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Teaching computers to understand human languages

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Researchers at the University of Liverpool have developed a set of algorithms that will help teach computers to process and understand human languages. Whilst mastering natural language is easy for humans, it is something that computers have not yet been able to achieve. The algorithms will enable a computer to act in much the same way as a human would when encountered with an unknown word.

When the computer encounters a word it doesn’t recognise or understand, the algorithms mean it will look up the word in a dictionary, and tries to guess what other words should appear with this unknown word in the text.

In order to know whether the algorithm has provided the computer with an accurate representation of a word it compares similarity scores produced using the word representations learnt by the computer algorithm against human rated similarities.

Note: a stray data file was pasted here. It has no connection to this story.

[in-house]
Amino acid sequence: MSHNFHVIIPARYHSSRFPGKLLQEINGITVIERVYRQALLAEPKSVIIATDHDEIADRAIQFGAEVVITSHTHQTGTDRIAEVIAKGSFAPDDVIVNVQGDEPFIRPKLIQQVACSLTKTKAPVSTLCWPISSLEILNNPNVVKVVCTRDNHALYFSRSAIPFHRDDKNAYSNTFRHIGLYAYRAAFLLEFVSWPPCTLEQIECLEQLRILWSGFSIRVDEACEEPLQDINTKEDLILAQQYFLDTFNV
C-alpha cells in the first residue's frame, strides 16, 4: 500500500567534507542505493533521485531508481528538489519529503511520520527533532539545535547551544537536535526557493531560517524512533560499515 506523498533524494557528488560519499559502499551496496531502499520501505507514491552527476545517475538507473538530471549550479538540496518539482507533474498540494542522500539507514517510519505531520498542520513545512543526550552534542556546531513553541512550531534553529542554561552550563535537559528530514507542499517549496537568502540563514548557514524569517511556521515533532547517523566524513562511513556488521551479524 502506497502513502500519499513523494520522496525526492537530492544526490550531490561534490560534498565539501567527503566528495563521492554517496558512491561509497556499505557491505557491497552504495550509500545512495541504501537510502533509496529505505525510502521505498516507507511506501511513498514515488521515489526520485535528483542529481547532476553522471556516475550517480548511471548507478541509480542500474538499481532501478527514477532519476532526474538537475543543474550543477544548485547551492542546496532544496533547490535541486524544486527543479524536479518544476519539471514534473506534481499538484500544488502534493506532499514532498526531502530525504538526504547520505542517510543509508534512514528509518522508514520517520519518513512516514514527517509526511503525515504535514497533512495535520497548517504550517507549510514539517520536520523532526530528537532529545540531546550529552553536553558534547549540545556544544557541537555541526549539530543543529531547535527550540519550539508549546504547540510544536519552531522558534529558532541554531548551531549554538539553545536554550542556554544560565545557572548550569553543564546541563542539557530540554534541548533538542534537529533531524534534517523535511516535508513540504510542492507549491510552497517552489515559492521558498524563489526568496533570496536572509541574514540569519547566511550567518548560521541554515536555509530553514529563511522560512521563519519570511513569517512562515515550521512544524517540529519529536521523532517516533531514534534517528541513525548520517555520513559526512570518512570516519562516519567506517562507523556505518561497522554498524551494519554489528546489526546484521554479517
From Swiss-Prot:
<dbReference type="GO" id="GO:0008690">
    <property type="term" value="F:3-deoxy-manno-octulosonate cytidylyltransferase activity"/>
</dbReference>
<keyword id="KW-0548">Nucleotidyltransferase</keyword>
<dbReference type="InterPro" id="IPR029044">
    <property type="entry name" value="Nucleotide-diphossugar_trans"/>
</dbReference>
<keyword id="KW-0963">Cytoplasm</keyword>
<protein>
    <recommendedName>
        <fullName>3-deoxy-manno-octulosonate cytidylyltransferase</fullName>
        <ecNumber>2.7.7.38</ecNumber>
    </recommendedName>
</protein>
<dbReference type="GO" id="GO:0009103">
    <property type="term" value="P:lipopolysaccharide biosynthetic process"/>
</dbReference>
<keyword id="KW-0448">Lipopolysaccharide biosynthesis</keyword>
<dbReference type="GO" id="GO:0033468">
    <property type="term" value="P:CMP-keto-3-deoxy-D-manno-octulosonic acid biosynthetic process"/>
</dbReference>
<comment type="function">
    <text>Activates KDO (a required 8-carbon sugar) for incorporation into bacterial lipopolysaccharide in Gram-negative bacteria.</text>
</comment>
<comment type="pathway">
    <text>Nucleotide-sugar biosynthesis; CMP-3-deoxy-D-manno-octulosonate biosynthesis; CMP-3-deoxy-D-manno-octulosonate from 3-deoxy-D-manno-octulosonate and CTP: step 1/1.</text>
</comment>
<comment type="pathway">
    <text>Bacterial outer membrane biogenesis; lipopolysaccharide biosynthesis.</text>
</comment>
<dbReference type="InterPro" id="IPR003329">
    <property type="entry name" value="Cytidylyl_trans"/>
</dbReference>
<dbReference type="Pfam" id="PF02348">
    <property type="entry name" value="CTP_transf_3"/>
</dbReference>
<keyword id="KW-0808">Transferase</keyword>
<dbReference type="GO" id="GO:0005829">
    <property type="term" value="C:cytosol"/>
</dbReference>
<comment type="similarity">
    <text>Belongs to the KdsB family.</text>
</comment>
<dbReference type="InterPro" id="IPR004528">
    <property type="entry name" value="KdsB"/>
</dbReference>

Liverpool computer scientist, Dr Danushka Bollegala, said: “Learning accurate word representations is the first step towards teaching languages to computers.”

“If we can represent the meaning for a word in a way a computer could understand, then the computer will be able to read texts on behalf of humans and perform potentially useful tasks such as translating a text written in a foreign language, summarising a lengthy article, or find similar other documents from the Internet.”

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Article originally posted at phys.org

Post Author: Carla Parsons

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